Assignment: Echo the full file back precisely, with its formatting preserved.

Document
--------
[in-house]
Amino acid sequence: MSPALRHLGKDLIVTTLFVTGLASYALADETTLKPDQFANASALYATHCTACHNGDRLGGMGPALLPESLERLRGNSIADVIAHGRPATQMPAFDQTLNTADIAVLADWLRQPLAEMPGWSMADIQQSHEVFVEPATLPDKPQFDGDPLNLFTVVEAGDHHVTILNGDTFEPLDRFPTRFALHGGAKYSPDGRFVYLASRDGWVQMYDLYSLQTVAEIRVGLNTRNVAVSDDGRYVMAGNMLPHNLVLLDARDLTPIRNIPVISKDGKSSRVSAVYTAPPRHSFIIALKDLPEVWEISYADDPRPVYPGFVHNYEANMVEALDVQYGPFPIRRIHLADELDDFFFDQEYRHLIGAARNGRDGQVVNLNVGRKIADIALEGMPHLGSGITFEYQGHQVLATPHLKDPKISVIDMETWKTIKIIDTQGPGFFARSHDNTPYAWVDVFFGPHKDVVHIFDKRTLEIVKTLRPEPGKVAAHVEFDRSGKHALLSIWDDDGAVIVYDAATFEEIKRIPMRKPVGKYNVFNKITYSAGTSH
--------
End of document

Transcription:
[in-house]
Amino acid sequence: MSPALRHLGKDLIVTTLFVTGLASYALADETTLKPDQFANASALYATHCTACHNGDRLGGMGPALLPESLERLRGNSIADVIAHGRPATQMPAFDQTLNTADIAVLADWLRQPLAEMPGWSMADIQQSHEVFVEPATLPDKPQFDGDPLNLFTVVEAGDHHVTILNGDTFEPLDRFPTRFALHGGAKYSPDGRFVYLASRDGWVQMYDLYSLQTVAEIRVGLNTRNVAVSDDGRYVMAGNMLPHNLVLLDARDLTPIRNIPVISKDGKSSRVSAVYTAPPRHSFIIALKDLPEVWEISYADDPRPVYPGFVHNYEANMVEALDVQYGPFPIRRIHLADELDDFFFDQEYRHLIGAARNGRDGQVVNLNVGRKIADIALEGMPHLGSGITFEYQGHQVLATPHLKDPKISVIDMETWKTIKIIDTQGPGFFARSHDNTPYAWVDVFFGPHKDVVHIFDKRTLEIVKTLRPEPGKVAAHVEFDRSGKHALLSIWDDDGAVIVYDAATFEEIKRIPMRKPVGKYNVFNKITYSAGTSH